Monday, December 11, 2017
Gateway to Sikhism

Ardas - Raj Karegaa Khalsaa

“Ageaa bhaee Akaal kee ......, Raj karae gaa Khalsaa ..... etc.”
Most of the people think that this piece of poetry belongs to the Tenth Master Guru Gobind Singh. It is not so. It was composed by Giani Gian Singh and is given in his book Panth-Parkash (Bhasha Vibhag Punjab, 1987), at its page 353. Later, some others added to it the lines like “Raj karae gaa Khalsaa” etc. Satbir Singh, historian, in his Sada Itihas, gives a different source of it (as well, additions by others).
In most of the historical Gurdwaras, such as Harimandir Sahib, Amritsar, this piece of poetry is not sung after Ardas. A Gurdwara is for everyone from any faith and many avoid singing it lest someone feels hurt. It is another thing, that some may translate Khalsa as the “pure-ones,” but in fact Khalsa means property of the King (Guru) i.e. those who have faith in the Guru (Gurmukhs - devotees). But apparently, it is taken by the most as, “The Sikhs will rule,” although it may not mean this and the real rule is of the spiritual domain. In fact the term Khalsa is used for an Amritdhari Sikh, the one properly inducted into the Sikh faith by drinking Amrit.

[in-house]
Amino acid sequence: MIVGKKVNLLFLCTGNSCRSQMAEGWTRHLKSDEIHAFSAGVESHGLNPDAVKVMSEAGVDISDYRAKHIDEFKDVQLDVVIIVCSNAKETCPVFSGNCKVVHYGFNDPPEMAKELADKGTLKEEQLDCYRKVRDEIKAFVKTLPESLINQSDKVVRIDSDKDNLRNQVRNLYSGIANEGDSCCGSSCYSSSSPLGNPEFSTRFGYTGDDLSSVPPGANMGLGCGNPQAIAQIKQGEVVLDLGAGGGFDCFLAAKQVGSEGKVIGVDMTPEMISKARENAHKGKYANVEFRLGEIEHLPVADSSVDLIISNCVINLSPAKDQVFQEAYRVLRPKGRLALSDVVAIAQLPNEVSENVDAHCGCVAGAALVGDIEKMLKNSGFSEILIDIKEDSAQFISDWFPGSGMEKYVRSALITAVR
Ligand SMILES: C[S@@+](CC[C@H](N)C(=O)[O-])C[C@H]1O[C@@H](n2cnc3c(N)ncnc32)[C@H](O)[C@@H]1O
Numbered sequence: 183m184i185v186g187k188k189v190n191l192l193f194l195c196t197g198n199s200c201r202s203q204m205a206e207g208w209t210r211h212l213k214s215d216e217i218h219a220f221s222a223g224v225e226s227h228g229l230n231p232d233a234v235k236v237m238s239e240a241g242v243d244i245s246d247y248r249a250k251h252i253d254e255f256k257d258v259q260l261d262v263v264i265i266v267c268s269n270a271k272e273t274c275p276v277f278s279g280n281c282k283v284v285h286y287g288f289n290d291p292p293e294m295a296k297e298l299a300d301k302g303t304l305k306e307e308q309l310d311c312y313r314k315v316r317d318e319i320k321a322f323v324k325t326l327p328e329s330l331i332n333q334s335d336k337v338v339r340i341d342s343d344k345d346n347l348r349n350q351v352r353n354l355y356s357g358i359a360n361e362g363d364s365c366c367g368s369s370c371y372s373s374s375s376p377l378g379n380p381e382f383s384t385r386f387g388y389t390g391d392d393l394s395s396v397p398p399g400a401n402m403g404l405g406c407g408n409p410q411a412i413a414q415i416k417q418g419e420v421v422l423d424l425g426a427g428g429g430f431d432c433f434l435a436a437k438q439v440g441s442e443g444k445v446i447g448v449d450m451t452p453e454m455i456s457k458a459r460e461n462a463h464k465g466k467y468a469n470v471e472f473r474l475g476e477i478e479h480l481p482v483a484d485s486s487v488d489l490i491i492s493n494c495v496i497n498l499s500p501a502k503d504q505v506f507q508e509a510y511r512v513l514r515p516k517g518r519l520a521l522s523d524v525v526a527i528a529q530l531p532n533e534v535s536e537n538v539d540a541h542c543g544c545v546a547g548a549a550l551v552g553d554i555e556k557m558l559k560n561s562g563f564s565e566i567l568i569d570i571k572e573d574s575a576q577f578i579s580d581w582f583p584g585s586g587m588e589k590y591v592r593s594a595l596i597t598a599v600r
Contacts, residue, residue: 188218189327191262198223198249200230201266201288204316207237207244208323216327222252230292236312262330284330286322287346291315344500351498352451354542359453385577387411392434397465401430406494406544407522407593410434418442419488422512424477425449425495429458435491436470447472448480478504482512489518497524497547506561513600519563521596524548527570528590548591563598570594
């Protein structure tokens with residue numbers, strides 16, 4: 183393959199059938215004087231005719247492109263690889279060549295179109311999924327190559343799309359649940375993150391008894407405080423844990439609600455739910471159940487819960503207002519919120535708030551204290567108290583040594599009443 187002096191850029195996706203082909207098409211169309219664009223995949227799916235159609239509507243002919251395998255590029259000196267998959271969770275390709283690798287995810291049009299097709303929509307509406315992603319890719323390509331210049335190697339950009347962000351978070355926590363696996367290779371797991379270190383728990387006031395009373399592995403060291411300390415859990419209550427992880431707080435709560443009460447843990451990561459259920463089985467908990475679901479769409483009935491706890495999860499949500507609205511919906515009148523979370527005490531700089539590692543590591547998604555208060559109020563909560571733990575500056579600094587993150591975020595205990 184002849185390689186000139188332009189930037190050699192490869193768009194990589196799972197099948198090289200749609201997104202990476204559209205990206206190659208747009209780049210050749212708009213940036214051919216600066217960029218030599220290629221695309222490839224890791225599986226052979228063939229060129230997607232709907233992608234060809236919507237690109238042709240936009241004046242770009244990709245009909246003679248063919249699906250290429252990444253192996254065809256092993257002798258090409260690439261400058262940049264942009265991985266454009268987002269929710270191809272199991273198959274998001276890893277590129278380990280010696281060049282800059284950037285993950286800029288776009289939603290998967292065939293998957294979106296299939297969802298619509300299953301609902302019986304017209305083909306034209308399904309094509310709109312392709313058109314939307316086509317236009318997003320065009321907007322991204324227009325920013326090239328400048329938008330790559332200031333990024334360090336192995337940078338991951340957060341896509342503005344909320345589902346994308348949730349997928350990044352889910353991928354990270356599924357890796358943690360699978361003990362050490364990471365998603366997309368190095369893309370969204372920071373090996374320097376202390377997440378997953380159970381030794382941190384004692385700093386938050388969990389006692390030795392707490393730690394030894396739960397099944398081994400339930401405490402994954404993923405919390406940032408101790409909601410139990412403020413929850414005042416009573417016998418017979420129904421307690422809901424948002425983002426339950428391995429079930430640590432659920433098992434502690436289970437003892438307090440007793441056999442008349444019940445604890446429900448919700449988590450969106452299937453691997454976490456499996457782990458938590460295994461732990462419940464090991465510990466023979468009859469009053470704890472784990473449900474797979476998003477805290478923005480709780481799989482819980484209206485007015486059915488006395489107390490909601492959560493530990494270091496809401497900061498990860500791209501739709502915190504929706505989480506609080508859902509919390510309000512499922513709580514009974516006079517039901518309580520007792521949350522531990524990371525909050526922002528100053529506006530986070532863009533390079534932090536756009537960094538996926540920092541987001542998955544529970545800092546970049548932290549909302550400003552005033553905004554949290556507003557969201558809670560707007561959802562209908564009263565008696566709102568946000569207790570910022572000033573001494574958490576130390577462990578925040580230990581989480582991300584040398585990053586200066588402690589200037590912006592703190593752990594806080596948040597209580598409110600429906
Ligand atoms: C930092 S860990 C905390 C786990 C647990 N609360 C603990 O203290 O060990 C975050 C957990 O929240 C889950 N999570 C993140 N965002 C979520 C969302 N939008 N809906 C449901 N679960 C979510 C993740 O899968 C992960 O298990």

To sing the above ‘Dohra’ (type of poetry) is not essential, but if some need to sing something after Ardas, suitable Hymns or quotes may be selected from Gurbani rather than singing a composition by anyone other than the Guru. There is no shortage of such a material in Guru Granth Sahib, and in the Bani of Guru Gobind Singh. An example is –
Gagan dmamaa baajeou pareou neesaanaae ghaaou
Khaetu ju maandeo suurmaa abb joojhan ko daao
Sooraa so pahechaa-nee-aae ju larae deen kae haet
Purjaa purjaa katt maraae kabhoo naa chhadaae khaet.u Kabir-1105-4 will strive to be most comprehensive directory of Historical Gurudwaras and Non Historical Gurudwaras around the world.

The etymology of the term 'gurdwara' is from the words 'Gur (ਗੁਰ)' (a reference to the Sikh Gurus) and 'Dwara (ਦੁਆਰਾ)' (gateway in Gurmukhi), together meaning 'the gateway through which the Guru could be reached'. Thereafter, all Sikh places of worship came to be known as gurdwaras. brings to you a unique and comprehensive approach to explore and experience the word of God. It has the Sri Guru Granth Sahib Ji, Amrit Kirtan Gutka, Bhai Gurdaas Vaaran, Sri Dasam Granth Sahib and Kabit Bhai Gurdas . You can explore these scriptures page by page, by chapter index or search for a keyword. The Reference section includes Mahankosh, Guru Granth Kosh,and exegesis like Faridkot Teeka, Guru Granth Darpan and lot more.
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